Filipina Guest Workers
They were the so-called professionals working as nurses, doctors, and medical technicians. In 1970s, Filipinos were in demand in industrialized countries such as Saudi Arabia, Kuwait, Hong Kong, Singapore, Taiwan, and Malaysia. They filled up the labor shortages in these countries and worked as construction workers, nannies, domestic workers, nurse and entertainers. The phenomenon in Philippine labor migration started during these years since large numbers of workers leave the country for employment.
Finally, some Filipinos who came to study and obtain professional experience in the health-care field remained in the United States after completing their training. In more recent years, the combination of the removal of national-origin quotas in U.S. immigration law in 1965, on the one hand, and Filipino policies that encouraged labor emigration, on the other, contributed to even higher levels of migration from the Philippines to the United States. The Filipino immigrant population increased fivefold from 105,000 to 501,000 between 1960 and 1980. From there, it nearly tripled to almost 1.4 million by 2000. Today, most Filipinos in the United States who obtain lawful permanent residence (LPR status, also known as getting a green card) do so through family reunification channels, either as immediate relatives of U.S. citizens or through other family-sponsored channels. Many also get green cards through employment preferences. Meanwhile, Filipinos are more likely than other immigrants to have strong English skills and have much higher college education rates than the overall foreign- and U.S.-born populations. They are also more likely to be naturalized U.S. citizens than other immigrant groups, have higher incomes and lower poverty rates, and are less likely to be uninsured.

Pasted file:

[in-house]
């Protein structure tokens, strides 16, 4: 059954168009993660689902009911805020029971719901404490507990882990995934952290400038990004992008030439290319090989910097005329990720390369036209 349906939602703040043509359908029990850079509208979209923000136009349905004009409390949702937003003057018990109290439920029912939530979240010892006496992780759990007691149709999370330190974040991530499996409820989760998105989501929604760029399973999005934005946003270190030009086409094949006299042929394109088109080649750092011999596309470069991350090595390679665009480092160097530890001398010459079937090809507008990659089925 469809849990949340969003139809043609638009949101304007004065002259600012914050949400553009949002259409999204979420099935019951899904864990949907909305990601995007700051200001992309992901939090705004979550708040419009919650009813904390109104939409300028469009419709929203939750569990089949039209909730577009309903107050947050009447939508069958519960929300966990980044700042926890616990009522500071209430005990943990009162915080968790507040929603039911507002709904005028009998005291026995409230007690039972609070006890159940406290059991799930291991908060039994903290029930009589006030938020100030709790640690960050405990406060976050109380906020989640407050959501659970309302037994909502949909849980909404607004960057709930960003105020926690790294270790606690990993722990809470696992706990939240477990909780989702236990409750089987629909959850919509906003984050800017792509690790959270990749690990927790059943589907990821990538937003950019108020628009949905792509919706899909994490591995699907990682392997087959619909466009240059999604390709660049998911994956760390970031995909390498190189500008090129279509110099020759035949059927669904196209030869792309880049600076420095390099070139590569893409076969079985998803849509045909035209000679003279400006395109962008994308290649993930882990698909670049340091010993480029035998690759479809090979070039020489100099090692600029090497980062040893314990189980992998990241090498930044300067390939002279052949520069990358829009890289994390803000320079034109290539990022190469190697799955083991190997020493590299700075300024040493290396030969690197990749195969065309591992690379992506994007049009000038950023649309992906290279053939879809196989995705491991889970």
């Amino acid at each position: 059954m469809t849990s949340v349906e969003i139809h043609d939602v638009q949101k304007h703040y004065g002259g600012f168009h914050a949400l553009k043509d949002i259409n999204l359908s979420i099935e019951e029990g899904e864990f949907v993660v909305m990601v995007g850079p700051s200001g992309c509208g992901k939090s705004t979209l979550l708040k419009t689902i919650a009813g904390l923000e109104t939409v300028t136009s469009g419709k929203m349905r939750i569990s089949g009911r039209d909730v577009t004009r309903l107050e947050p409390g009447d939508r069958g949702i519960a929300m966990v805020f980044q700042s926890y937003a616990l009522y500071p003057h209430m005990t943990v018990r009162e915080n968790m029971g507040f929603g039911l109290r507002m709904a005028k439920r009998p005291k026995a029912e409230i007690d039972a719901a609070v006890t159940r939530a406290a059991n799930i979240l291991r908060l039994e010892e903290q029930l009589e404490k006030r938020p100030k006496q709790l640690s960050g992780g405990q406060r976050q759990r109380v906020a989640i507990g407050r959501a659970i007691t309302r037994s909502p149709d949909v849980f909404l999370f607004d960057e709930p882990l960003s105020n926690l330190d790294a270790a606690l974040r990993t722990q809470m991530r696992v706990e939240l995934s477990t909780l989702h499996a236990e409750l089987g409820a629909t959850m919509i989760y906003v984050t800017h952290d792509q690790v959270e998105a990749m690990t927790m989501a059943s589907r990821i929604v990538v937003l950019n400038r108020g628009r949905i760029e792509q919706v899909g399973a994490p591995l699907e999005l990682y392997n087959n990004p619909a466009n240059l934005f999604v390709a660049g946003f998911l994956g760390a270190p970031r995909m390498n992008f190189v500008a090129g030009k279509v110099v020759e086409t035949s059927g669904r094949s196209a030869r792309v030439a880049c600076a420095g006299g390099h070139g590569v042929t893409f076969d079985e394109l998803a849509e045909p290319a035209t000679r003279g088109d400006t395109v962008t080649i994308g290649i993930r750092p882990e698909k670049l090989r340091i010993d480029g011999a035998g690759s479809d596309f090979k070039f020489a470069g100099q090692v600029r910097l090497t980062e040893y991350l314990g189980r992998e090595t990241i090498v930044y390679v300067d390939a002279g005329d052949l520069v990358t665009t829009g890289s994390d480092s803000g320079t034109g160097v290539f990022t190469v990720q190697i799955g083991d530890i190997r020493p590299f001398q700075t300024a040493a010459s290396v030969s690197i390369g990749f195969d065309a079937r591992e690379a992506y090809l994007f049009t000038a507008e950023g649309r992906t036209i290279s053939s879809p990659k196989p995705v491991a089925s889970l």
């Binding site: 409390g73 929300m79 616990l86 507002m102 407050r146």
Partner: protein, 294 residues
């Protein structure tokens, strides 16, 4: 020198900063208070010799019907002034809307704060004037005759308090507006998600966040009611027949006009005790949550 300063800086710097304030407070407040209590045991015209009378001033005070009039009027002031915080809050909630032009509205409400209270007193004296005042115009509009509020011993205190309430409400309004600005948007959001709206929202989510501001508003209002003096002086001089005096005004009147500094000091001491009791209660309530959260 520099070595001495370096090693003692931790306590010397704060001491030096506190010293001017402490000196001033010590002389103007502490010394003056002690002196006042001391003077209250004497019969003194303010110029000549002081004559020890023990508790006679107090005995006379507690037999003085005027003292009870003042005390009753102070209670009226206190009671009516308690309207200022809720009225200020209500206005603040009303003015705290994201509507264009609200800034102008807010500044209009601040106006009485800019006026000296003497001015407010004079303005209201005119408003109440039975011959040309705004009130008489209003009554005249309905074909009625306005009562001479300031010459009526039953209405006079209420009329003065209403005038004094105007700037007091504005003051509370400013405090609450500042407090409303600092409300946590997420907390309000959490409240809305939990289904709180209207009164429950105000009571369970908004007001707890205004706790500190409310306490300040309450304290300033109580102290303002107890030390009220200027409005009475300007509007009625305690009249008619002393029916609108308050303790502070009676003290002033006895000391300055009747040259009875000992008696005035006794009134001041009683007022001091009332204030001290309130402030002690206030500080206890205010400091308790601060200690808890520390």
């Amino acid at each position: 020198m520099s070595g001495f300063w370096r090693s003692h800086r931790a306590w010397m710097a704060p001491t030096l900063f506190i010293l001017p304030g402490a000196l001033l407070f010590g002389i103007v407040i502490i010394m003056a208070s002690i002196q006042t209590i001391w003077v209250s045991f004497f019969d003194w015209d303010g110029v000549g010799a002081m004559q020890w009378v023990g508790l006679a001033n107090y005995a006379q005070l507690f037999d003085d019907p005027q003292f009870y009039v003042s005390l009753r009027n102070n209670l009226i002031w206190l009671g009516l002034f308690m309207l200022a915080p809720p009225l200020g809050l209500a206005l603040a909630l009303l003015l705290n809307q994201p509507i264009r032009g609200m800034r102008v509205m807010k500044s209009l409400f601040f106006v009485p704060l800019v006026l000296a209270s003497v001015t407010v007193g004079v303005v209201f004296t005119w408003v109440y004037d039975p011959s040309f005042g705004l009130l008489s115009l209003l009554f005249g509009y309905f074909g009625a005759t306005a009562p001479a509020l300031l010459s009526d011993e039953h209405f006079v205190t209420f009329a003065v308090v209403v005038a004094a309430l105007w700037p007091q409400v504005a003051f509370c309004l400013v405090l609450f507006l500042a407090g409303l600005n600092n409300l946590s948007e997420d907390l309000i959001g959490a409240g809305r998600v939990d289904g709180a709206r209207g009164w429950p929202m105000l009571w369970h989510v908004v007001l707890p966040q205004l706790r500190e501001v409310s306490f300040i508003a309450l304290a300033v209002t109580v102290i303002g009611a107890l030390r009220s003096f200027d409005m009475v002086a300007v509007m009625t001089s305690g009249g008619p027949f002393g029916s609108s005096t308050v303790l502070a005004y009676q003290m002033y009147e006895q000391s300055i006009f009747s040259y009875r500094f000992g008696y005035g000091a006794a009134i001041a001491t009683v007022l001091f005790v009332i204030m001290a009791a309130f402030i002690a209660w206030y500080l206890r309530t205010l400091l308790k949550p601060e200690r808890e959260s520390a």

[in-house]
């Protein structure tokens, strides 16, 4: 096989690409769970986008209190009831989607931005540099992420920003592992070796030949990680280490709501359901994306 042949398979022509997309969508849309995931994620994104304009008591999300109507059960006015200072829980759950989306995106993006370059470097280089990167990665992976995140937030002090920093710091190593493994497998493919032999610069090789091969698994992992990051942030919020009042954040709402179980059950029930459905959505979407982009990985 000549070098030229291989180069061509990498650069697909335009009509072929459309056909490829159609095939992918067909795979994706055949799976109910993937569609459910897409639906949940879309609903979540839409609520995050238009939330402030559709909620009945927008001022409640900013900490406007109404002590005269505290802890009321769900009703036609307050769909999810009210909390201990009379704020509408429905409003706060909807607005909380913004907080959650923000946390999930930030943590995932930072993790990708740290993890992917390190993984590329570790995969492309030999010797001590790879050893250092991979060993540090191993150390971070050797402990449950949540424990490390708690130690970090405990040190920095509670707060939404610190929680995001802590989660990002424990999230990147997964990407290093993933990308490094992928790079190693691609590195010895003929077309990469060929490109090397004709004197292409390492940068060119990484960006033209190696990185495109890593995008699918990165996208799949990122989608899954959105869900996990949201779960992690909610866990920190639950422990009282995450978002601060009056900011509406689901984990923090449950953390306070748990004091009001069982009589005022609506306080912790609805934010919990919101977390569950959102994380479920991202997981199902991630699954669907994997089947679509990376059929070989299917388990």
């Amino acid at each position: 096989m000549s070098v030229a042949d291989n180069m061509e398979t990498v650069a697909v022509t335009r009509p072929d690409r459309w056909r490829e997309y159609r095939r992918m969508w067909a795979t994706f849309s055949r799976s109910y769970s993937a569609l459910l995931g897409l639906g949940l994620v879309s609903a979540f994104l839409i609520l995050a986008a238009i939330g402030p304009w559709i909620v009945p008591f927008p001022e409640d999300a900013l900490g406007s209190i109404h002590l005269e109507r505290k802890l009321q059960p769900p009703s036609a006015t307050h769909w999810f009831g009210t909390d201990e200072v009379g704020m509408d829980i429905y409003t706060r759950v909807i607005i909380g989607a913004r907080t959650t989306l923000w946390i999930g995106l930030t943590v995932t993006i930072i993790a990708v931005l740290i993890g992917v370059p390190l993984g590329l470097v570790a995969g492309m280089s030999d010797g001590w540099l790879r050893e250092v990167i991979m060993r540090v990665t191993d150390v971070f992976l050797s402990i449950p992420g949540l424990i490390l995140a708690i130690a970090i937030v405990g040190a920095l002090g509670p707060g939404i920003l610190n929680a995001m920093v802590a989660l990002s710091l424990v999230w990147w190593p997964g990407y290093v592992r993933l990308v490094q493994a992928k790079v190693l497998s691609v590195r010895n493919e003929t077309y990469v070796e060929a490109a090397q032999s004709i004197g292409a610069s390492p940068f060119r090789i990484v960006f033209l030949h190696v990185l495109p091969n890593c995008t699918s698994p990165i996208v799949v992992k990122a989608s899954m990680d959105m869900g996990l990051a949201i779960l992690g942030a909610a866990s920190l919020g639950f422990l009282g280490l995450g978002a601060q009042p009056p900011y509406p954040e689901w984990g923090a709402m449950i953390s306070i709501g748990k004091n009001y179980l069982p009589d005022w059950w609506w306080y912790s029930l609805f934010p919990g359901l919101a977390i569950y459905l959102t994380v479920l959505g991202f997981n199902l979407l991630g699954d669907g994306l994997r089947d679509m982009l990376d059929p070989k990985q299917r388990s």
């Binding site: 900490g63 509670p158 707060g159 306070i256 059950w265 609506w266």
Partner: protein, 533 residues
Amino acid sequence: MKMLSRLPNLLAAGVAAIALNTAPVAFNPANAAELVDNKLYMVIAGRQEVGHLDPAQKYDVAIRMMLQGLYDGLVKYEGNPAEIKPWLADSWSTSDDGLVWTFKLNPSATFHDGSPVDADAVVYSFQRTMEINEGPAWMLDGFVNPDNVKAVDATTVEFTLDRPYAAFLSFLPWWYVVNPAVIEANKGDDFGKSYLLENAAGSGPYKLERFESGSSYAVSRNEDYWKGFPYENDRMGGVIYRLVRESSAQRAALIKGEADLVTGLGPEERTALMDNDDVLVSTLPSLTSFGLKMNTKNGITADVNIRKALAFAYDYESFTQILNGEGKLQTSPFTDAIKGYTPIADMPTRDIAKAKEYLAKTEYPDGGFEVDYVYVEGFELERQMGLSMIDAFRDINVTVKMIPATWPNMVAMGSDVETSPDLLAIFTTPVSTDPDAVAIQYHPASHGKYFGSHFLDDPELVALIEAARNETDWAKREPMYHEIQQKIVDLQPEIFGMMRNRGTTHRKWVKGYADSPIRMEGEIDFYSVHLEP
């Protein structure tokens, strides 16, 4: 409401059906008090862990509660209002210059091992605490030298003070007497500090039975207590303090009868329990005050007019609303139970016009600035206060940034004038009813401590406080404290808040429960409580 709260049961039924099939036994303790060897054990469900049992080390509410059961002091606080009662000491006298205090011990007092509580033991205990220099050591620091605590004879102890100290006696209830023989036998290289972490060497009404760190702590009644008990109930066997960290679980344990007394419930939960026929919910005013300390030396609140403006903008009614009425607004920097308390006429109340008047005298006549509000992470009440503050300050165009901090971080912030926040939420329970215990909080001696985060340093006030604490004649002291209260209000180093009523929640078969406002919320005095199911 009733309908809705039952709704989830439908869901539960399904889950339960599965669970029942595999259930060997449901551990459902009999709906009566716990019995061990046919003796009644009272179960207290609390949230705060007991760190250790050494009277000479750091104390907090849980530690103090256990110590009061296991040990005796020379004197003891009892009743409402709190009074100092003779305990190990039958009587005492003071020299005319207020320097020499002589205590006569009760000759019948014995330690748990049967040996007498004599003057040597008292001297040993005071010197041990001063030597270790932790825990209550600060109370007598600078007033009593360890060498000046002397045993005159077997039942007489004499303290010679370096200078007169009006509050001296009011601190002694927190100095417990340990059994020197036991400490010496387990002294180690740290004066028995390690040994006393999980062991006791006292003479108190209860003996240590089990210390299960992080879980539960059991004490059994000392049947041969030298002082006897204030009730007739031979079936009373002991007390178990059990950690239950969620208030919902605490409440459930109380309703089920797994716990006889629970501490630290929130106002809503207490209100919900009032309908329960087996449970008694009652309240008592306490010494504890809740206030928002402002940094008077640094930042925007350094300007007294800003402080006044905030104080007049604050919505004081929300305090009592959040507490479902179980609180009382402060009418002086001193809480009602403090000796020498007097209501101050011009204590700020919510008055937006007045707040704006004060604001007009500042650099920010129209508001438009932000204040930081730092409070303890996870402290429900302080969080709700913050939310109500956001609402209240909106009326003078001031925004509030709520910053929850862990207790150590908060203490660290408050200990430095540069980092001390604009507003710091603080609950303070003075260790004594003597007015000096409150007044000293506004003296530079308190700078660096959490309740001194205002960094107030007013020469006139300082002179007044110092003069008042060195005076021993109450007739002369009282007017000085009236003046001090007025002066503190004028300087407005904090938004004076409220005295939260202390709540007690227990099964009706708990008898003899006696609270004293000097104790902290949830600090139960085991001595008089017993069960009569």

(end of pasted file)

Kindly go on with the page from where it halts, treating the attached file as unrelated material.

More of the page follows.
An individual’s ethnicity, gender and socioeconomic status also intertwine with and influence the process of migration, adaptation to the host society and thus, mental health. Despite Filipinas being the largest group of non-EU immigrant women in Norway, little is known about their mental health. This study focuses on Filipinas living in Norway and explores the stress and distress experiences associated with being an immigrant woman and how these women cope with their difficulties. The Philippines is one of the biggest export countries of labour, with over 10 million Filipinos working or living abroad. Migration is encouraged by the government, since the sending home of remittances helps to support the country’s economy. In 2014, personal remittances from overseas Filipino workers accounted for 8.5% of the gross domestic product. Early labour migration consisted predominately of men but due to the changing global labour economy, women now outnumber men. In Norway, 80% of immigrants from the Philippines are women. Gender ideologies, including the traditional division of labour, shape migration patterns. Many Filipinas moving overseas help meet the shortage of skilled nurses as well as the demand for unskilled, low paid domestic work in high income countries (Llácer A, Zunzunegui MV, 2007). Increasingly, Filipinas also become the wives of men from high income countries, including Norway. It is not known if Filipinas’ underrepresentation is because they have better mental health, if their distress is not recognised by a professional, if they experience barriers to care or if they seek help elsewhere. An improved understanding of the factors that influence Filipinas’ mental health can help the identification of mental distress and effective coping, with implications for the prevention and treatment of mental health problems. The purpose of this exploratory qualitative study is to illuminate the contextual factors that influence immigrant Filipinas’ mental health and their coping strategies. Ethical approval was obtained from the Regional Committee for Medical and Health Research Ethics, West Norway.
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